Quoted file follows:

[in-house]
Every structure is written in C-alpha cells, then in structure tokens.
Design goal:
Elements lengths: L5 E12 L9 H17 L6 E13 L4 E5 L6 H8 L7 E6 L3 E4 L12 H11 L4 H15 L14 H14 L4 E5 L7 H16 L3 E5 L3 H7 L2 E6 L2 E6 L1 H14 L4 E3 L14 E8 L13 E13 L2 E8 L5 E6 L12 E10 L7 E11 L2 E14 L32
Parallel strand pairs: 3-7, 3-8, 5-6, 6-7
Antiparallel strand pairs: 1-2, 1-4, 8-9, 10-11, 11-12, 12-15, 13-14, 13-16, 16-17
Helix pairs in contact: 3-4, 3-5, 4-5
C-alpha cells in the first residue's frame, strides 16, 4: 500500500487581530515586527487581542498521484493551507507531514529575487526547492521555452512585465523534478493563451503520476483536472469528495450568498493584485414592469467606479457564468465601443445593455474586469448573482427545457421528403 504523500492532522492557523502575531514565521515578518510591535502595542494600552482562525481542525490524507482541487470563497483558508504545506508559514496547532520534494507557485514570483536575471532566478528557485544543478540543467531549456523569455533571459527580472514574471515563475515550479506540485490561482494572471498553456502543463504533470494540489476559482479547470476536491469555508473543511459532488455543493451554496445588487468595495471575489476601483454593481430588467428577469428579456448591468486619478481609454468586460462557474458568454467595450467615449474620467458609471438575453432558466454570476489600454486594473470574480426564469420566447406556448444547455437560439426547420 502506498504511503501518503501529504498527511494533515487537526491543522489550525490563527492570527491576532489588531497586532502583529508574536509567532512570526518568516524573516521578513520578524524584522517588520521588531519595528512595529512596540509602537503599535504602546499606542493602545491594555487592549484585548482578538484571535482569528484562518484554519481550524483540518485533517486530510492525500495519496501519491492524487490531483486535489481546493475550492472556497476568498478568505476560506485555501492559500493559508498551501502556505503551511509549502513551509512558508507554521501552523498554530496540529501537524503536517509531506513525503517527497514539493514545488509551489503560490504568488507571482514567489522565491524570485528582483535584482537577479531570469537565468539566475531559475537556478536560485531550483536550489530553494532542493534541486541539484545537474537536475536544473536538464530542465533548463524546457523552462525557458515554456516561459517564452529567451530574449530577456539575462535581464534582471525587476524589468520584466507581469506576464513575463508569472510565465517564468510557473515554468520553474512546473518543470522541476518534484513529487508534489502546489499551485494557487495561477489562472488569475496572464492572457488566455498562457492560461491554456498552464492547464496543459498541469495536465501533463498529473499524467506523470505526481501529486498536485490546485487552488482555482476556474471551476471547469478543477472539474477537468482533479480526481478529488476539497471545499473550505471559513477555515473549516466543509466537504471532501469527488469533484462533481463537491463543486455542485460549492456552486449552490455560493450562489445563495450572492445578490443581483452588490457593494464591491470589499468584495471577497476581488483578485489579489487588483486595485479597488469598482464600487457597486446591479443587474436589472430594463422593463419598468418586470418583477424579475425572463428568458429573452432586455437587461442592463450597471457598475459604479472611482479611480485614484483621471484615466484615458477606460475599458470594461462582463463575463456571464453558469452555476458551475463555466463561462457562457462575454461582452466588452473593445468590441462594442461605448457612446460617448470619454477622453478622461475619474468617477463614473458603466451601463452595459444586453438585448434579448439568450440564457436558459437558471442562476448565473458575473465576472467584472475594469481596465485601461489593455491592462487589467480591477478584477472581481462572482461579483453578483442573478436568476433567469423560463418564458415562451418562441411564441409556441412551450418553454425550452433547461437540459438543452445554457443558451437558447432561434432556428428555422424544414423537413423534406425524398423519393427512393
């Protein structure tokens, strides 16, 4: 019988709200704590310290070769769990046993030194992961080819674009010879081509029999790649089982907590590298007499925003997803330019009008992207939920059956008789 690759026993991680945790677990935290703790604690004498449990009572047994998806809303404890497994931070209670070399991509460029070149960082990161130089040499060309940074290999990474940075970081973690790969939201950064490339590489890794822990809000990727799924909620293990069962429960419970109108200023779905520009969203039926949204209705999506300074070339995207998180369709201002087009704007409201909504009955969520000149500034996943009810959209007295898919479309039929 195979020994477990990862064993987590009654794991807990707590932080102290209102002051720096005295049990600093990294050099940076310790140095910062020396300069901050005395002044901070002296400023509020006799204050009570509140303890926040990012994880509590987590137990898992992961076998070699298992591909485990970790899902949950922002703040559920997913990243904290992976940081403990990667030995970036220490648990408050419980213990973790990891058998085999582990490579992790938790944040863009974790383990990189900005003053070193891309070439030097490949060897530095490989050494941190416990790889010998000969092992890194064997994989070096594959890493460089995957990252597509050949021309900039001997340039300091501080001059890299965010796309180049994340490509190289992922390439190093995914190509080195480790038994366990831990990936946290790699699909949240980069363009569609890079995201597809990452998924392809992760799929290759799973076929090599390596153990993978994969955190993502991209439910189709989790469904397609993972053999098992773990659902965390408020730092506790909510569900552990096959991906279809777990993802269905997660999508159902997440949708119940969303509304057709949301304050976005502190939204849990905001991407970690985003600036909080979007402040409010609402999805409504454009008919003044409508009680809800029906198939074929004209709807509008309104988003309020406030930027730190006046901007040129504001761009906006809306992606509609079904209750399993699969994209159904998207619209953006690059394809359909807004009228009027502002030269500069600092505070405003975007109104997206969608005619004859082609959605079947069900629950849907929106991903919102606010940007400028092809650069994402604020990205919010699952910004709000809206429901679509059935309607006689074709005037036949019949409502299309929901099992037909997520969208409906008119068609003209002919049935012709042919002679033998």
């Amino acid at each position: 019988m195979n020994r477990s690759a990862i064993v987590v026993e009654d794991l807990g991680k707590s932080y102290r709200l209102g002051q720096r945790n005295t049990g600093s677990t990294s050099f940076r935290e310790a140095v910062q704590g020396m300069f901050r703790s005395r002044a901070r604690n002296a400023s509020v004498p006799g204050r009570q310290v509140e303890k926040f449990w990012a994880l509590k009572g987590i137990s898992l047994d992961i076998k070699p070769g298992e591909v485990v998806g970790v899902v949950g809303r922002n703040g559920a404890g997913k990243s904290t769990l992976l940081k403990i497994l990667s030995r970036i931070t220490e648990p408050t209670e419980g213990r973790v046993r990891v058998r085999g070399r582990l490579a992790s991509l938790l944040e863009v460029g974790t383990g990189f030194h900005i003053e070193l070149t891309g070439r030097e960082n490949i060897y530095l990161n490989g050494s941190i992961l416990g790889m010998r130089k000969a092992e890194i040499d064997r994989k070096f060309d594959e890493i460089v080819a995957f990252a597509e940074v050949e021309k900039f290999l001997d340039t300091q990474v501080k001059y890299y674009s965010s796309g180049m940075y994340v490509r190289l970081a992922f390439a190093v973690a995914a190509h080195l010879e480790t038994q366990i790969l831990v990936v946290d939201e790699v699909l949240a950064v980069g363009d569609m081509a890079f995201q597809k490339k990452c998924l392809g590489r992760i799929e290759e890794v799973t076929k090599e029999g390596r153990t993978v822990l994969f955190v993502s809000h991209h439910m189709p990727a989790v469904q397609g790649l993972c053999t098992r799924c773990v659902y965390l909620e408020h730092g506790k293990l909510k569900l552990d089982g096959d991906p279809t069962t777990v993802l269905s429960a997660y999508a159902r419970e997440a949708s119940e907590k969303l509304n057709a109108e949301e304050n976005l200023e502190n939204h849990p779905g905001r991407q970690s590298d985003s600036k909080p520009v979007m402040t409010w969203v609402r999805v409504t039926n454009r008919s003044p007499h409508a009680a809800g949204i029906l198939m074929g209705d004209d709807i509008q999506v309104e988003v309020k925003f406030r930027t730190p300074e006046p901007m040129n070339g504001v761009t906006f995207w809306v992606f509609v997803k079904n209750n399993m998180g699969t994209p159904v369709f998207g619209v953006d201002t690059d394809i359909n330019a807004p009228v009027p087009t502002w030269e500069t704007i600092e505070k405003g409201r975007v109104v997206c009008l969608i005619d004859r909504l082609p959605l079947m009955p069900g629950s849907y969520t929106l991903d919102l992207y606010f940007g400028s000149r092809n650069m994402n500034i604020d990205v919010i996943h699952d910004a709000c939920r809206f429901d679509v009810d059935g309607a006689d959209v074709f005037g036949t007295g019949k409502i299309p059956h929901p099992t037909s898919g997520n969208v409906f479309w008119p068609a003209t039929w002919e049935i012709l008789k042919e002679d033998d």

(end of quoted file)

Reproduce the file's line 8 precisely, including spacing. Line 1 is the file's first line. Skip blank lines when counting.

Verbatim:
C-alpha cells in the first residue's frame, strides 16, 4: 500500500487581530515586527487581542498521484493551507507531514529575487526547492521555452512585465523534478493563451503520476483536472469528495450568498493584485414592469467606479457564468465601443445593455474586469448573482427545457421528403 504523500492532522492557523502575531514565521515578518510591535502595542494600552482562525481542525490524507482541487470563497483558508504545506508559514496547532520534494507557485514570483536575471532566478528557485544543478540543467531549456523569455533571459527580472514574471515563475515550479506540485490561482494572471498553456502543463504533470494540489476559482479547470476536491469555508473543511459532488455543493451554496445588487468595495471575489476601483454593481430588467428577469428579456448591468486619478481609454468586460462557474458568454467595450467615449474620467458609471438575453432558466454570476489600454486594473470574480426564469420566447406556448444547455437560439426547420 502506498504511503501518503501529504498527511494533515487537526491543522489550525490563527492570527491576532489588531497586532502583529508574536509567532512570526518568516524573516521578513520578524524584522517588520521588531519595528512595529512596540509602537503599535504602546499606542493602545491594555487592549484585548482578538484571535482569528484562518484554519481550524483540518485533517486530510492525500495519496501519491492524487490531483486535489481546493475550492472556497476568498478568505476560506485555501492559500493559508498551501502556505503551511509549502513551509512558508507554521501552523498554530496540529501537524503536517509531506513525503517527497514539493514545488509551489503560490504568488507571482514567489522565491524570485528582483535584482537577479531570469537565468539566475531559475537556478536560485531550483536550489530553494532542493534541486541539484545537474537536475536544473536538464530542465533548463524546457523552462525557458515554456516561459517564452529567451530574449530577456539575462535581464534582471525587476524589468520584466507581469506576464513575463508569472510565465517564468510557473515554468520553474512546473518543470522541476518534484513529487508534489502546489499551485494557487495561477489562472488569475496572464492572457488566455498562457492560461491554456498552464492547464496543459498541469495536465501533463498529473499524467506523470505526481501529486498536485490546485487552488482555482476556474471551476471547469478543477472539474477537468482533479480526481478529488476539497471545499473550505471559513477555515473549516466543509466537504471532501469527488469533484462533481463537491463543486455542485460549492456552486449552490455560493450562489445563495450572492445578490443581483452588490457593494464591491470589499468584495471577497476581488483578485489579489487588483486595485479597488469598482464600487457597486446591479443587474436589472430594463422593463419598468418586470418583477424579475425572463428568458429573452432586455437587461442592463450597471457598475459604479472611482479611480485614484483621471484615466484615458477606460475599458470594461462582463463575463456571464453558469452555476458551475463555466463561462457562457462575454461582452466588452473593445468590441462594442461605448457612446460617448470619454477622453478622461475619474468617477463614473458603466451601463452595459444586453438585448434579448439568450440564457436558459437558471442562476448565473458575473465576472467584472475594469481596465485601461489593455491592462487589467480591477478584477472581481462572482461579483453578483442573478436568476433567469423560463418564458415562451418562441411564441409556441412551450418553454425550452433547461437540459438543452445554457443558451437558447432561434432556428428555422424544414423537413423534406425524398423519393427512393